Instead of the “SEND Improvement Plan” which may—or indeed may not—be derived from the responses from the SEND Review, we are calling for the Department for Education to publish a straightforward analysis of responses as soon as possible, WITHOUT any further policy announcements or plans attached.

Of the circa 7,000 responses, we want to see what was said and by whom and we want to know what weighting is being given to parental views. We do not want officials deciding courses of actions using responses moulded to fit Green Paper proposals. We want some real co-production—that thing the DfE is always talking about but never really does beyond consultation. We want an opportunity to digest the responses without, at the same time, having to understand how they relate to an “improvement plan” no minister can possibly understand (with the exception of Mr Halfon, who probably doesn’t agree with half of the Green Paper anyway). We’ve waited this long for a functioning SEND system – it’s better to wait another couple of months to agree a way forward rather than have a half-baked one imposed on us.

We are told that so far there is no “clear consensus” from responses. I find this incredibly hard to believe, considering the number of people who were not in favour of proposals like mandatory mediation and a “tailored list of schools”. If you’re weighing LA responses against parents and practitioners, of course you will have a split – and we didn’t need a consultation to tell us that – that’s part of the problem.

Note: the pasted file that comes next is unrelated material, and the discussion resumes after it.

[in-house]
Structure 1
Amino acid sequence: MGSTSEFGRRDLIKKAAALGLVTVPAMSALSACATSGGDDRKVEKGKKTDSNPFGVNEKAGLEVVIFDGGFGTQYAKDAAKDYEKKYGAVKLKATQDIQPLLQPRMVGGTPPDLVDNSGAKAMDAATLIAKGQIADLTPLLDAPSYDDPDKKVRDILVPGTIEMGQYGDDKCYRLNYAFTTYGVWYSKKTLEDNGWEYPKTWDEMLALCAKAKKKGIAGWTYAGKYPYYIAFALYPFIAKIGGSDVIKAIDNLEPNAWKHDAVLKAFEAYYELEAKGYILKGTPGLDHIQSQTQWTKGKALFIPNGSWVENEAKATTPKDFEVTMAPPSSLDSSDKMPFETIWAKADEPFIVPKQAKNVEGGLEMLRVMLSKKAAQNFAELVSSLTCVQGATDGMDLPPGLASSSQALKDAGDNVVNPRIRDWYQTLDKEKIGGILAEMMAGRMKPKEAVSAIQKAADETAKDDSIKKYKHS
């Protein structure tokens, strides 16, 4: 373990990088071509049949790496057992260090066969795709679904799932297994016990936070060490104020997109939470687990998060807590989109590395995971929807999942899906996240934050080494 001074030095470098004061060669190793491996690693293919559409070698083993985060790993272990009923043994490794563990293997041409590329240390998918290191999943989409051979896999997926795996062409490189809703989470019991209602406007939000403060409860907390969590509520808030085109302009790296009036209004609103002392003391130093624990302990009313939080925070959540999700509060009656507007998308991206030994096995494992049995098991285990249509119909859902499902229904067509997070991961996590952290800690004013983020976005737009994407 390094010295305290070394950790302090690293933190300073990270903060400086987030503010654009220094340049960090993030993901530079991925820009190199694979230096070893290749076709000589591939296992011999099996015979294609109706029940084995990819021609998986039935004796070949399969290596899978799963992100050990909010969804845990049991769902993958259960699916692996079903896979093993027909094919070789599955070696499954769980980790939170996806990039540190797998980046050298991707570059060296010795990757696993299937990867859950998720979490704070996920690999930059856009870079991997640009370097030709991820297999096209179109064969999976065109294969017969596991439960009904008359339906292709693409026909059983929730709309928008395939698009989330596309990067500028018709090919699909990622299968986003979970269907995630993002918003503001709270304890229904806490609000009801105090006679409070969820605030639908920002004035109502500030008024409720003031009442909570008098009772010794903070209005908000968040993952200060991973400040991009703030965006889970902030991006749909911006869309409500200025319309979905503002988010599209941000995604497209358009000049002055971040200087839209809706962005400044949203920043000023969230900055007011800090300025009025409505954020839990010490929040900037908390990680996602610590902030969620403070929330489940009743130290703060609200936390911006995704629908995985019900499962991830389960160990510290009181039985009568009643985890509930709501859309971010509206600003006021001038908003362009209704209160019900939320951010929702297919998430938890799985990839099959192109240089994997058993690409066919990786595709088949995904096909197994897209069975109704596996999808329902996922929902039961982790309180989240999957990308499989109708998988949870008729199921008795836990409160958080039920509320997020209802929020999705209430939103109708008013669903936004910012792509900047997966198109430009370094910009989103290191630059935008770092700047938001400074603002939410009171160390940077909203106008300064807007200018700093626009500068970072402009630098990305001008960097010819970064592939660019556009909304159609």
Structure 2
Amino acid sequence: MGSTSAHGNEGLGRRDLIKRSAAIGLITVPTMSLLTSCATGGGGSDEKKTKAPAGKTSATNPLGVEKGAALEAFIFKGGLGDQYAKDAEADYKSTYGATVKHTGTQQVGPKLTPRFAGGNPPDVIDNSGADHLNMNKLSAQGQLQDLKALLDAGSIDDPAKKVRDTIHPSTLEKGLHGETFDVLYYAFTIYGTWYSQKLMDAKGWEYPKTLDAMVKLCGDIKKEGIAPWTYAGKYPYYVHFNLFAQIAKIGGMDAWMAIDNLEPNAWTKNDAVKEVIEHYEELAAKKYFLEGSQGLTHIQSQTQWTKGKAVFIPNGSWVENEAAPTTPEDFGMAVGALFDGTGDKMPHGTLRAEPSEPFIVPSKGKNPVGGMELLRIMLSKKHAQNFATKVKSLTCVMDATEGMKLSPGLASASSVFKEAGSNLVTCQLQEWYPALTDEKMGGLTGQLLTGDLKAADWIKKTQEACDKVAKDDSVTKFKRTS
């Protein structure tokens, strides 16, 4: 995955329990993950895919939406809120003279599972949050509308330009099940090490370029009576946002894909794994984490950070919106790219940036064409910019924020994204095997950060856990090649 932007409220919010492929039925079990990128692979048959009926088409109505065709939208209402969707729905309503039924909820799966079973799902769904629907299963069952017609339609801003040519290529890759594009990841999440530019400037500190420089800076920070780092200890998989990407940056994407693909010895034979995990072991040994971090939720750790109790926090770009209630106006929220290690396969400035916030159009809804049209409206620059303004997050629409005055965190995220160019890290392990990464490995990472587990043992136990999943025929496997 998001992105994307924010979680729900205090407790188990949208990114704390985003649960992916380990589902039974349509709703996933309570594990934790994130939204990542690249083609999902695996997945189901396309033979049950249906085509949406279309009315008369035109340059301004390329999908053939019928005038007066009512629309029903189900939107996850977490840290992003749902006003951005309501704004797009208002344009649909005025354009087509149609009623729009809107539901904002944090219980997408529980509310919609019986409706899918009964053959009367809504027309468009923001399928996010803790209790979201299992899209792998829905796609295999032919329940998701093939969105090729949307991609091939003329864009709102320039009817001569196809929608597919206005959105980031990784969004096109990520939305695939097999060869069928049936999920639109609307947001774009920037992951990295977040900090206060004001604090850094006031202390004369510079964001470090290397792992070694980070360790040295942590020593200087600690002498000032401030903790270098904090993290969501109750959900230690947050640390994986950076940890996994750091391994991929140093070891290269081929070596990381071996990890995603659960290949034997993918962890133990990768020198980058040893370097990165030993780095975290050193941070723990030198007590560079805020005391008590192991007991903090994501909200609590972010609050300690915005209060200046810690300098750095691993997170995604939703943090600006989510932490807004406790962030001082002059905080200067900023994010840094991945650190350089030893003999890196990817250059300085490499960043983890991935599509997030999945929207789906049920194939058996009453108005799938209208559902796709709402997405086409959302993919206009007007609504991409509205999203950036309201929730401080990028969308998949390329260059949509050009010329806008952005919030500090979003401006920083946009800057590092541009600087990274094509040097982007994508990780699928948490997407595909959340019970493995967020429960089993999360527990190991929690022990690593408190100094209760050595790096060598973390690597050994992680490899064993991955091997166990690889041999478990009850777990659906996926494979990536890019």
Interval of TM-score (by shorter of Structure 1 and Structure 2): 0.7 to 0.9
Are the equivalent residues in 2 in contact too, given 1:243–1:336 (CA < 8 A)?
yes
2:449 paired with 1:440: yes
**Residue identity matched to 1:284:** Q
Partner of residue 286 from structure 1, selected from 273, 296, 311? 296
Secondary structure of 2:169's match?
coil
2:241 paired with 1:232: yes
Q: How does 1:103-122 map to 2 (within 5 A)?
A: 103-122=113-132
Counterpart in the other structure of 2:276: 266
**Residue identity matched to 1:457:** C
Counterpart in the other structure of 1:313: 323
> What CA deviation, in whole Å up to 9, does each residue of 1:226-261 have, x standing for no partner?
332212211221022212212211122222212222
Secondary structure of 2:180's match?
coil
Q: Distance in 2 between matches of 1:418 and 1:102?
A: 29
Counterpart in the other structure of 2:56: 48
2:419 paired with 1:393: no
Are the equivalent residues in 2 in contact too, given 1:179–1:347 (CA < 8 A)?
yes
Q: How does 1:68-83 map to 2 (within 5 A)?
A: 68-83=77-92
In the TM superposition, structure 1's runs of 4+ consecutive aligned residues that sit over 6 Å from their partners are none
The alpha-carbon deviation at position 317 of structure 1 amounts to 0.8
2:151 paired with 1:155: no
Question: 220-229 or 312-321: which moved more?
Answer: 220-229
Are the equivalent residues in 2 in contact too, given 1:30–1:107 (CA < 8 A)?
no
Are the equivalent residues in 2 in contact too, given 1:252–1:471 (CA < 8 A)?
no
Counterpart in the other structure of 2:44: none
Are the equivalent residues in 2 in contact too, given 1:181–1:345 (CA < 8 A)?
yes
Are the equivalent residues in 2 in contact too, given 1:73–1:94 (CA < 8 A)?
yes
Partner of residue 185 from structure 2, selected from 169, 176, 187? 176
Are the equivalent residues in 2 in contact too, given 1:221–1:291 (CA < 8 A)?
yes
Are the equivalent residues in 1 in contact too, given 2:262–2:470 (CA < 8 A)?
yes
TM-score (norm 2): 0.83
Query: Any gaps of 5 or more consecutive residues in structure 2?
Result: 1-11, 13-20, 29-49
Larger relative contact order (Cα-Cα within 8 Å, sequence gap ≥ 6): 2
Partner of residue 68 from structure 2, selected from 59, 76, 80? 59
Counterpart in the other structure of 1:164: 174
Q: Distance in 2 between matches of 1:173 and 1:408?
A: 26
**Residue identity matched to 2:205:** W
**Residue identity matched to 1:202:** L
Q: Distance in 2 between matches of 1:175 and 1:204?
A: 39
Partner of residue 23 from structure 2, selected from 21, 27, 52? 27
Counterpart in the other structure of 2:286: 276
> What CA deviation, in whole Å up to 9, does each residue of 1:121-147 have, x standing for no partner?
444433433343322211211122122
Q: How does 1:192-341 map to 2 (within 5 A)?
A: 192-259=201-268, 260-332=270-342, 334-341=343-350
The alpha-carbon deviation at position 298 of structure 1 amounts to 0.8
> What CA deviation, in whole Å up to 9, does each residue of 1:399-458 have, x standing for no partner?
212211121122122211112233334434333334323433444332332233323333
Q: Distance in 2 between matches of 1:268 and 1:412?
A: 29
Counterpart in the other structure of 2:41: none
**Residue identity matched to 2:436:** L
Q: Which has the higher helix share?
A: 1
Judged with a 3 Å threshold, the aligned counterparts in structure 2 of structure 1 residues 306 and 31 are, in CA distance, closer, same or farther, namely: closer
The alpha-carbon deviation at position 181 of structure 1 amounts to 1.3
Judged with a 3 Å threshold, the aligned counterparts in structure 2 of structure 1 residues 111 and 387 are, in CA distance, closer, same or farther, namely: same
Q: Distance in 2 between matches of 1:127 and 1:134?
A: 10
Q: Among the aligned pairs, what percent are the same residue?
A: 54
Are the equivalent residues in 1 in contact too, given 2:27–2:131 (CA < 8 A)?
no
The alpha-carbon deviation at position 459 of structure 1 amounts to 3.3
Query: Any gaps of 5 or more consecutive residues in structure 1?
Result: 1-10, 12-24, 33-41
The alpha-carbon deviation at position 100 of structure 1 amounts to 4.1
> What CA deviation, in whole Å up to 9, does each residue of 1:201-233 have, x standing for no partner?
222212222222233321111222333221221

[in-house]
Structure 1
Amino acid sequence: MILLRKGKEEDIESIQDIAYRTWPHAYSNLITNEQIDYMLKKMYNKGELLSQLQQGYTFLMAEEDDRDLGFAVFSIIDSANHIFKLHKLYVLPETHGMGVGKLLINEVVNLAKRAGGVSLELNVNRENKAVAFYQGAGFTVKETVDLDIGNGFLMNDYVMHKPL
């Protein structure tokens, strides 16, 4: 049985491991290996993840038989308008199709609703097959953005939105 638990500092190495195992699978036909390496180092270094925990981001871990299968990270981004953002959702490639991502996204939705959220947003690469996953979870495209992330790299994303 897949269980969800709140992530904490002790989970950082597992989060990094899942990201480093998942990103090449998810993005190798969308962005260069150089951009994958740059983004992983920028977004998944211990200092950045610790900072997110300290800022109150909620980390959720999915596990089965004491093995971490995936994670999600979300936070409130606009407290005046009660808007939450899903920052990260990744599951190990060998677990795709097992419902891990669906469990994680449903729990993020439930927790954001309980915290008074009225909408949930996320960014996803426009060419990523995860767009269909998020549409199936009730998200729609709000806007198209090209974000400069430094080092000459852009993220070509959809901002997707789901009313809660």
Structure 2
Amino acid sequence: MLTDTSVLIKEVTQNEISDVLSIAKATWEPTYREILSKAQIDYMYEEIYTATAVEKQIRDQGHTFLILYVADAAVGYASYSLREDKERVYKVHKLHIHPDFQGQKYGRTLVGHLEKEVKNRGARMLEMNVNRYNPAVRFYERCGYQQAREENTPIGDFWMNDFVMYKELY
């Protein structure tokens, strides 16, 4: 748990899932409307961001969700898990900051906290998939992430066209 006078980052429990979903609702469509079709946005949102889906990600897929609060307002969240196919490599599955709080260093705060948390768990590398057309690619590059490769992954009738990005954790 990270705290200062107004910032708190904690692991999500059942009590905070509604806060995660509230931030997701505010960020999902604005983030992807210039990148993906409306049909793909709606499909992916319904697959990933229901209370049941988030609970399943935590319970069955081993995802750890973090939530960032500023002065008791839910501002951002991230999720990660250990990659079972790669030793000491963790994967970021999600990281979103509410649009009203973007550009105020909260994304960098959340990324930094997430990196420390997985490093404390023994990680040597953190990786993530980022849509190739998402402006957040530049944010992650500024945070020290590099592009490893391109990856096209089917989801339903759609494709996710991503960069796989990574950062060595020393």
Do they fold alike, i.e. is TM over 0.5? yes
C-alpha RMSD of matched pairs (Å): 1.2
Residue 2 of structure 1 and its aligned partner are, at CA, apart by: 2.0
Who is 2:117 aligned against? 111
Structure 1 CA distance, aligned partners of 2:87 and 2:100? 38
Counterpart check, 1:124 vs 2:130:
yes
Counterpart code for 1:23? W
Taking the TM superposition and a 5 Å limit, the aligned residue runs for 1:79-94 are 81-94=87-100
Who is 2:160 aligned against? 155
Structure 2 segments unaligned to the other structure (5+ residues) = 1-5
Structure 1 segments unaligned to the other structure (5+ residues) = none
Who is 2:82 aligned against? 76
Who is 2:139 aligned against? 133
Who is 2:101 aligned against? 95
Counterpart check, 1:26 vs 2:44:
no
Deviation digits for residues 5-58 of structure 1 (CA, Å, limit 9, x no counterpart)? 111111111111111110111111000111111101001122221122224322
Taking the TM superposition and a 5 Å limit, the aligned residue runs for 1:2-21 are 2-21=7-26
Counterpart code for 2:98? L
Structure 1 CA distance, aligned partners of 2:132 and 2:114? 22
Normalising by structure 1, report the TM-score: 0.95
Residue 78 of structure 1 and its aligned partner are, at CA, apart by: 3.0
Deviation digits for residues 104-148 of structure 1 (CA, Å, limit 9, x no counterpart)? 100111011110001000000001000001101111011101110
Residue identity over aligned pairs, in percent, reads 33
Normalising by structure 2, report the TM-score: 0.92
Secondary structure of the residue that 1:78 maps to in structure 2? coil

We MUST see an unbiased report of the consultation so we can see who wants what, and which part of the sector are they from.

It’s about trust. We don’t trust the DfE to be straight shooters because we have had numerous meetings during which we heard them say the right things about the support families need, and we were heartened. Then they came out with the Green Paper which showed whose side they were on. And it’s not families.

Some existing “improvement” plans don’t fill us with joy…

The DfE’s current SEND debt management plans that are already underway, do not instil enormous amounts of confidence as to how they are improving SEND. As Matt reported, the “safety valve programme”, that numerous LAs have taken up, has the whiff of unlawfulness at its core: ambiguous policy that leads to unintended consequences. LAs are being told to “appropriately manage demand for EHCPs”. This may seem benign, but LAs will almost certainly take this to mean limiting the number of new EHCPs or look to remove them from young people who already have them, whether appropriate or lawful. Well, what did you think LAs were going to do? It’s one thing to tell them to take actions to cut a deficit, it’s quite another to have the skill to do it without ruining the lives of vulnerable children.